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Ammoniovoltaite, (NH4)2Fe2+5Fe3+3Al(SO4)12(H2O)18, a new mineral from the Severo-Kambalny geothermal field, Kamchatka, Russia

Published online by Cambridge University Press:  15 May 2018

Elena S. Zhitova*
Affiliation:
Department of Crystallography, St. Petersburg State University, Universitetskaya nab. 7/9, St. Petersburg 199034, Russia Geothermal laboratory, Institute of Volcanology and Seismology, Russian Academy of Sciences, Bulvar Piypa 9, Petropavlovsk-Kamchatsky 683006, Russia
Oleg I. Siidra
Affiliation:
Department of Crystallography, St. Petersburg State University, Universitetskaya nab. 7/9, St. Petersburg 199034, Russia Nanomaterials Research Center, Kola Science Center, Russian Academy of Sciences, Apatity, Murmansk region, 184200, Russia
Dmitry I. Belakovsky
Affiliation:
Fersman Mineralogical Museum, Leninsky prospect 18-2, Moscow 117071, Russia
Vladimir V. Shilovskikh
Affiliation:
Resource Center, St. Petersburg State University, Universitetskaya nab. 7/9, St. Petersburg 199034, Russia
Anton A. Nuzhdaev
Affiliation:
Geothermal laboratory, Institute of Volcanology and Seismology, Russian Academy of Sciences, Bulvar Piypa 9, Petropavlovsk-Kamchatsky 683006, Russia
Rezeda M. Ismagilova
Affiliation:
Department of Crystallography, St. Petersburg State University, Universitetskaya nab. 7/9, St. Petersburg 199034, Russia
*

Abstract

Ammoniovoltaite, (NH4)2Fe2+5Fe3+3Al(SO4)12(H2O)18, is a new voltaite-group mineral. The mineral was discovered at the Severo-Kambalny (North-Kambalny) geothermal field, Kambalny volcanic ridge, Southern Kamchatka, Russia. Ammoniovoltaite forms at ~100°C around geothermal gas/steam vents in association with alunogen, tschermigite and pyrite. Crystals of ammoniovoltaite have euhedral habit, are up to 50 µm in size and grow on alunogen plates. Ammoniovoltaite is black with vitreous lustre, opaque, brittle and water-soluble. Neither cleavage nor parting is found, the fracture is conchoidal. The mineral is isotropic, with the refractive index n = 1.602(2) (589 nm). Infrared spectra contain an absorption band at 1433 cm–1 distinctive for the ammonium ion. The chemical composition is (iron content is given in accordance with Mössbauer data, H2O calculated from a crystal-structure refinement, wt.%): FeO 13.26, Fe2O3 11.58, MgO 2.33, ZnO 0.04, Al2O3 2.74, SO3 47.46, K2O 0.19, CaO 0.11, (NH4)2O 2.96, H2O 16.03, total 96.70. The empirical formula based on S = 12 atoms per formula unit is [(NH4)1.88K0.08Ca0.04]Σ2.00(Fe2+3.74Mg1.17Fe3+0.05Zn0.01)Σ4.97(Fe3+2.89Al0.09)Σ2.98Al1.00(SO4)12.00(H2O)18.00. The crystal structure has been refined to R1 = 0.031 and 0.030 on the basis of 1217 and 1462 unique reflections with I >2σ(I) collected at 100 K and room temperature, respectively. Ammoniovoltaite is the ammonium analogue of voltaite. The mineral is cubic, Fd$\bar{3}$c, a = 27.250(1) Å and V = 20234(3) Å3 (at 100 K); and a = 27.322(1) Å and V = 20396(3) Å3 (at RT), with Z = 16. The strongest lines of the powder X-ray diffraction pattern [d, Å (I, %) (hkl)] are: 9.67 (74) (022), 7.90 (56) (222), 5.58 (84) (422), 3.560 (100) (731), 3.418 (100) (008) and 2.8660 (37) (931). A brief review of ammonium minerals from various volcanically active geological environments is given.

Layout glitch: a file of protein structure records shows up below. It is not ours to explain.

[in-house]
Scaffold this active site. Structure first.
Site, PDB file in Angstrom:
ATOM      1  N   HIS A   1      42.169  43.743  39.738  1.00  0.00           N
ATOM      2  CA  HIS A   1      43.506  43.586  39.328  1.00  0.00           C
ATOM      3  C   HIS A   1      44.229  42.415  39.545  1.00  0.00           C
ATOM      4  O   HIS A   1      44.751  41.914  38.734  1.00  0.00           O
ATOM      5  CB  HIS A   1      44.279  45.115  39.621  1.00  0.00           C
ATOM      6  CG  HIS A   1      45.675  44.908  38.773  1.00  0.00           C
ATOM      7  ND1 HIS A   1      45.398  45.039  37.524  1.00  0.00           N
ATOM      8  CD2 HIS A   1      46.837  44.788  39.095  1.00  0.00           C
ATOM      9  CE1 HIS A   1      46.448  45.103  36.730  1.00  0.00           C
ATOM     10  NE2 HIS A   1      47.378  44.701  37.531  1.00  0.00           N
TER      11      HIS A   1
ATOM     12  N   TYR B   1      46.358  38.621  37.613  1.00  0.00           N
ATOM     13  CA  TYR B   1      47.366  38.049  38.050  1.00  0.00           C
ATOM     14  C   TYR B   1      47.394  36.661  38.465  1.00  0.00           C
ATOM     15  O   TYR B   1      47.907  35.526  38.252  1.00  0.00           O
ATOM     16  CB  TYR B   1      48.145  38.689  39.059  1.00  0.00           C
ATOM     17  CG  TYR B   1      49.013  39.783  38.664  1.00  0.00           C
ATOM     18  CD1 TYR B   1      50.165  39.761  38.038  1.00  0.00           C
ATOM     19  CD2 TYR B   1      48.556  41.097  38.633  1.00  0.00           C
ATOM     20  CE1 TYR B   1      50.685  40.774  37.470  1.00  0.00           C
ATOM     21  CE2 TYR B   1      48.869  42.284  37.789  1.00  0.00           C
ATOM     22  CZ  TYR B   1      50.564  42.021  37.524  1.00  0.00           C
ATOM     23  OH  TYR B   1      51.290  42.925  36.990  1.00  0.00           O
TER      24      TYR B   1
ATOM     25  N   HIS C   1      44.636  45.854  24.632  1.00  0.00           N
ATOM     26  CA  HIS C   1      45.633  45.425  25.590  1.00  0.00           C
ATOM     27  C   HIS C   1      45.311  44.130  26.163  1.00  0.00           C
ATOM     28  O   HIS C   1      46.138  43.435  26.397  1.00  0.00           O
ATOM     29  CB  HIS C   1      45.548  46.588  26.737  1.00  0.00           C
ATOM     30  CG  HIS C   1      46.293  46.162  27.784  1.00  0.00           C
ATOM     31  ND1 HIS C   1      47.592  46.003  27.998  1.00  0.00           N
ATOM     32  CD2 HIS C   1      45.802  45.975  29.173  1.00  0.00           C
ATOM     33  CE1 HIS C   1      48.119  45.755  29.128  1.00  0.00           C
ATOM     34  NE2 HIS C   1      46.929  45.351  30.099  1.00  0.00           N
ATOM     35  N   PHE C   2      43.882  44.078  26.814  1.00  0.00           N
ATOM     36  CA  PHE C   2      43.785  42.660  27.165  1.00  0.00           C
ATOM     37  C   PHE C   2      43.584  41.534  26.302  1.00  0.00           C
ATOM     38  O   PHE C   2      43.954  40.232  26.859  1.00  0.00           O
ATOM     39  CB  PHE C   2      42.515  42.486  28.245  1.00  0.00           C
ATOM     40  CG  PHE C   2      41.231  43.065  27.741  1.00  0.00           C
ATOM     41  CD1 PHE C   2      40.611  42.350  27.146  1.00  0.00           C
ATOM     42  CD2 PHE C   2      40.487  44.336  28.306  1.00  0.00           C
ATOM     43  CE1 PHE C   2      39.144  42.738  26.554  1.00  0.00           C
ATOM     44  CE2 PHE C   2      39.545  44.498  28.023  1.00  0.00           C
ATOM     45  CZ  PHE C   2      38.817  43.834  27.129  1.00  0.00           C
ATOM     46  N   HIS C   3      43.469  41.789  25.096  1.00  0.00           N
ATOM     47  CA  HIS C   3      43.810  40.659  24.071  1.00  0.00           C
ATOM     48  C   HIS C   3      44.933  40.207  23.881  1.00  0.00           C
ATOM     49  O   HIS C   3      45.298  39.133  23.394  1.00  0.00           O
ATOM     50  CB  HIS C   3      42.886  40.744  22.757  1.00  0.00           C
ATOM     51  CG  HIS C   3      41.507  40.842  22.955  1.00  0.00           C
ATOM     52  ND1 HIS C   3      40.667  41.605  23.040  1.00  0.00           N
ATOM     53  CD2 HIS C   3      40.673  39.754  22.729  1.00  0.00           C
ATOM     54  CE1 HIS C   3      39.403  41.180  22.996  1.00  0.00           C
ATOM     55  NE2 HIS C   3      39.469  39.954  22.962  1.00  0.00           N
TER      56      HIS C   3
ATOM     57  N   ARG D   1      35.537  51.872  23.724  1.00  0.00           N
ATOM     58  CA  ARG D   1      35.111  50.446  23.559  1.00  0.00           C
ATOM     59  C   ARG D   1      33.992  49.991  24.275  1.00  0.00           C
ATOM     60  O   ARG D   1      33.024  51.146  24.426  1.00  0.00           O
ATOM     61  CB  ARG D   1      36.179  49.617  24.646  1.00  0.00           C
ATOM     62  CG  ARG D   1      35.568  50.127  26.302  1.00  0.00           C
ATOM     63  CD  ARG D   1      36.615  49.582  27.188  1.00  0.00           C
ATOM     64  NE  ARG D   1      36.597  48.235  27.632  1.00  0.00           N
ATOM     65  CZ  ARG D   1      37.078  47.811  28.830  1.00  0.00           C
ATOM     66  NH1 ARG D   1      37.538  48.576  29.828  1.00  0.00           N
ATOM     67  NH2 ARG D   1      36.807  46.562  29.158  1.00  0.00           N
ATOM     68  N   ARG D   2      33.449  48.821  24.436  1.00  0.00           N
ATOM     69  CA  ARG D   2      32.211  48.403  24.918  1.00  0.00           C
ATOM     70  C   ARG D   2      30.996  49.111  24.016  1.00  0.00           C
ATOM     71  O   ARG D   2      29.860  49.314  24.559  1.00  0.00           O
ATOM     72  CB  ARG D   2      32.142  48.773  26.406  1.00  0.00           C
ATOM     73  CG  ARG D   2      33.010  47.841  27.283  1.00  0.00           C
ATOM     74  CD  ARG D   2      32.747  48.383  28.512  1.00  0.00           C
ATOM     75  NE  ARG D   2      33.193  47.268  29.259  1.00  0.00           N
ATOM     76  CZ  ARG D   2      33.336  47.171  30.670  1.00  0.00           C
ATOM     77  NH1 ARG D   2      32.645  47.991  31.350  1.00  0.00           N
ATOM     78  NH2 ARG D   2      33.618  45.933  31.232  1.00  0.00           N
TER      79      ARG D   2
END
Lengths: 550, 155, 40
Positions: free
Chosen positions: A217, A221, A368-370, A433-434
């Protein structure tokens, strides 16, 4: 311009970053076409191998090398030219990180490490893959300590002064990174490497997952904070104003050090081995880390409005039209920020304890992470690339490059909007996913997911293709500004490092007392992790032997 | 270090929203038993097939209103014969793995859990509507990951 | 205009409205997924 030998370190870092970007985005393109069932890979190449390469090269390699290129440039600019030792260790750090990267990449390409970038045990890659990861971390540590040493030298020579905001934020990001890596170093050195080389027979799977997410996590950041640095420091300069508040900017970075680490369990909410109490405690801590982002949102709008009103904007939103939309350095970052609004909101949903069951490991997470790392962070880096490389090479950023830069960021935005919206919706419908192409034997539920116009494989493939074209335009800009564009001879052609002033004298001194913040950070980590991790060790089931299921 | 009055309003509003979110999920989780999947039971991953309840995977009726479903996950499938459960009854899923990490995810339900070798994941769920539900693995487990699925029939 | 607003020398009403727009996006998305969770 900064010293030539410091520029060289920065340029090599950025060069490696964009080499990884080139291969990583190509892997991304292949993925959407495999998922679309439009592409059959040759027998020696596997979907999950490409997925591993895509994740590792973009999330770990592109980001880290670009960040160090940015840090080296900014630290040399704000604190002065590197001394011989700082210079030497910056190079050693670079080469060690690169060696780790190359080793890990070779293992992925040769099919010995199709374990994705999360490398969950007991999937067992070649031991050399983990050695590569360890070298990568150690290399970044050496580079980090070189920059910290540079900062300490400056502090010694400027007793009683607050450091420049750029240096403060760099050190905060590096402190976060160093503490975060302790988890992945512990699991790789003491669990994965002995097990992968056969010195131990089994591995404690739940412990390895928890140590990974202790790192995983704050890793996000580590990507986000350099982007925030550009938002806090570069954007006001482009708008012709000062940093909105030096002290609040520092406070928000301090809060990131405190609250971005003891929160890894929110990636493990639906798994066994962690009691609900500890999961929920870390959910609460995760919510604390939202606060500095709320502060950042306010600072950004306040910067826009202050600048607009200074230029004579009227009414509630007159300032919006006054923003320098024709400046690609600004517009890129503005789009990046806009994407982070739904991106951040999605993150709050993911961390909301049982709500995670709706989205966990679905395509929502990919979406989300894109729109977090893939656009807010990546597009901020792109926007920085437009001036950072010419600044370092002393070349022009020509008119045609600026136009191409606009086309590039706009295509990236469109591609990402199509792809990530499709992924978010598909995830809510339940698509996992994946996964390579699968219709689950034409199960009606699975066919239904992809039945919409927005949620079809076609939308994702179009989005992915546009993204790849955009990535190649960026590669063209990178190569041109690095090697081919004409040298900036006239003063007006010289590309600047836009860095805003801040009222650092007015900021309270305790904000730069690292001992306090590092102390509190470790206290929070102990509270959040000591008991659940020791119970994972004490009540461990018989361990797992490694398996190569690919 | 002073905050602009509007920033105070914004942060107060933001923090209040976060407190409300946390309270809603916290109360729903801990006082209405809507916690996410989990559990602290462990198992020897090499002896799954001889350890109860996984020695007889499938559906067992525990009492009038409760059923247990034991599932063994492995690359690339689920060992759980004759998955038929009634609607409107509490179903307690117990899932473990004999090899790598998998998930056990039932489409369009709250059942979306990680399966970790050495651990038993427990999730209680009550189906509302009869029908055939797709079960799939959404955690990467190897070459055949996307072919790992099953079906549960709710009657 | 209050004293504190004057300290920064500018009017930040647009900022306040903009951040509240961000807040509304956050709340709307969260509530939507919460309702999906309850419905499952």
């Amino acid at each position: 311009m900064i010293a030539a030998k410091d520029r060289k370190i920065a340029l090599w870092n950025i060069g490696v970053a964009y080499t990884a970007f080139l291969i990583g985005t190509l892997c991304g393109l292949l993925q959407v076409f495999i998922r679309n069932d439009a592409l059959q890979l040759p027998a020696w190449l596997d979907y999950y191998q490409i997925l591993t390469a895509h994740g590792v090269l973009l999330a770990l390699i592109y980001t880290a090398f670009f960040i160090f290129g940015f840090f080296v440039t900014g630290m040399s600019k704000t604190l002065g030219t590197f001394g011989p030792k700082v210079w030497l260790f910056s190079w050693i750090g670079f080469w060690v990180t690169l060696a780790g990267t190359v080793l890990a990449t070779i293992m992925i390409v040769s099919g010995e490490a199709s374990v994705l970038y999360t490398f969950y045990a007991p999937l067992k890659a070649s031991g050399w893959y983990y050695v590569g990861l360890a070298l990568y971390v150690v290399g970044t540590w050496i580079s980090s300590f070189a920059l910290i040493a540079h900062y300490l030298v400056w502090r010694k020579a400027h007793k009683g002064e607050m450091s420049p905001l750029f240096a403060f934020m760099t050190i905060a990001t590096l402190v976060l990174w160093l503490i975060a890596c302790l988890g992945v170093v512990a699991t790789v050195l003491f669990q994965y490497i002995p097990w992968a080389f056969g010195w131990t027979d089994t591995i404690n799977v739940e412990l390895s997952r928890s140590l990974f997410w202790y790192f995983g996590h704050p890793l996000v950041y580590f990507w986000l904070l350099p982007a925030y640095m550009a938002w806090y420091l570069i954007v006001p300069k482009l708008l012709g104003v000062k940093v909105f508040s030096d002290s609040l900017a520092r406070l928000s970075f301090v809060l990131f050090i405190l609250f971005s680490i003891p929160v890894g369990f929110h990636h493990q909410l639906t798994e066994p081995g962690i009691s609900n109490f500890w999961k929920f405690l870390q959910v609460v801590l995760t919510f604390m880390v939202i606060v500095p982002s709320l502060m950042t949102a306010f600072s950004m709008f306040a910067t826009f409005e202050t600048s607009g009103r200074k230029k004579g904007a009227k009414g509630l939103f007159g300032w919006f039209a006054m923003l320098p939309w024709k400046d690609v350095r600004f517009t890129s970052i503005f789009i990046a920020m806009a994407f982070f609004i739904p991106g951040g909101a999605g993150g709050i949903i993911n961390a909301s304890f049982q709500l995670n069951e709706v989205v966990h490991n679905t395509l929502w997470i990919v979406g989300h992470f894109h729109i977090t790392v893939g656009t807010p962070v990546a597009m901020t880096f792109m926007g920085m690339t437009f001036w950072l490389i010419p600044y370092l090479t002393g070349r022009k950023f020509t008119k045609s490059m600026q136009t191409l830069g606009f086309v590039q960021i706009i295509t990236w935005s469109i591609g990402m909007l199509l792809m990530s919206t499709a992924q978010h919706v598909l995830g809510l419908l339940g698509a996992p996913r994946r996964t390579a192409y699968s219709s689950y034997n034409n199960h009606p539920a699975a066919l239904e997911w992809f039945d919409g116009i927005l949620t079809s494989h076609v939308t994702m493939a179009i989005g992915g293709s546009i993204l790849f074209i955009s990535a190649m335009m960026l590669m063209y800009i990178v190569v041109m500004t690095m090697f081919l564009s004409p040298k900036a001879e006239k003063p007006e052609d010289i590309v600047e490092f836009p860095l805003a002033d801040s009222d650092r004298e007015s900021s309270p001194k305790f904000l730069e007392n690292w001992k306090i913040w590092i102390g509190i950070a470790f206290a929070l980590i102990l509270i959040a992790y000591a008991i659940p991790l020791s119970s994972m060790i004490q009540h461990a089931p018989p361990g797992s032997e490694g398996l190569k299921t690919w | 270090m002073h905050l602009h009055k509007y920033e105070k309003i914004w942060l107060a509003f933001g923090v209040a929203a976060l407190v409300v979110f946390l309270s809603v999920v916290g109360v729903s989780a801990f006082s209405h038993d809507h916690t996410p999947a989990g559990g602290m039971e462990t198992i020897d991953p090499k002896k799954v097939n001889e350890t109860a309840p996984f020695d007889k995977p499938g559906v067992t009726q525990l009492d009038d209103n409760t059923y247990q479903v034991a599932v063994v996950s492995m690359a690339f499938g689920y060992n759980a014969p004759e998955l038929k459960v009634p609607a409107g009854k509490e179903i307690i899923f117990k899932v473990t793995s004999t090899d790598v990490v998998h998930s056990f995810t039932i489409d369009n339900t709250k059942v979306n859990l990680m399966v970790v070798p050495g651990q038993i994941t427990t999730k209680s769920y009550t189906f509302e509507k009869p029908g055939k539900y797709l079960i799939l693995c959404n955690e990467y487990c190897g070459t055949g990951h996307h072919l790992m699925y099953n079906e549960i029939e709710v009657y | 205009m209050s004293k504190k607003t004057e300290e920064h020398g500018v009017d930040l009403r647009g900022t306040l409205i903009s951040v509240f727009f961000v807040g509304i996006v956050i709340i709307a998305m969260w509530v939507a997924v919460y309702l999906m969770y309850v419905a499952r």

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Article
Copyright
Copyright © Mineralogical Society of Great Britain and Ireland 2018 

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Footnotes

Associate Editor: Anthony Kampf

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Ammoniovoltaite, (NH4)2Fe2+5Fe3+3Al(SO4)12(H2O)18, a new mineral from the Severo-Kambalny geothermal field, Kamchatka, Russia
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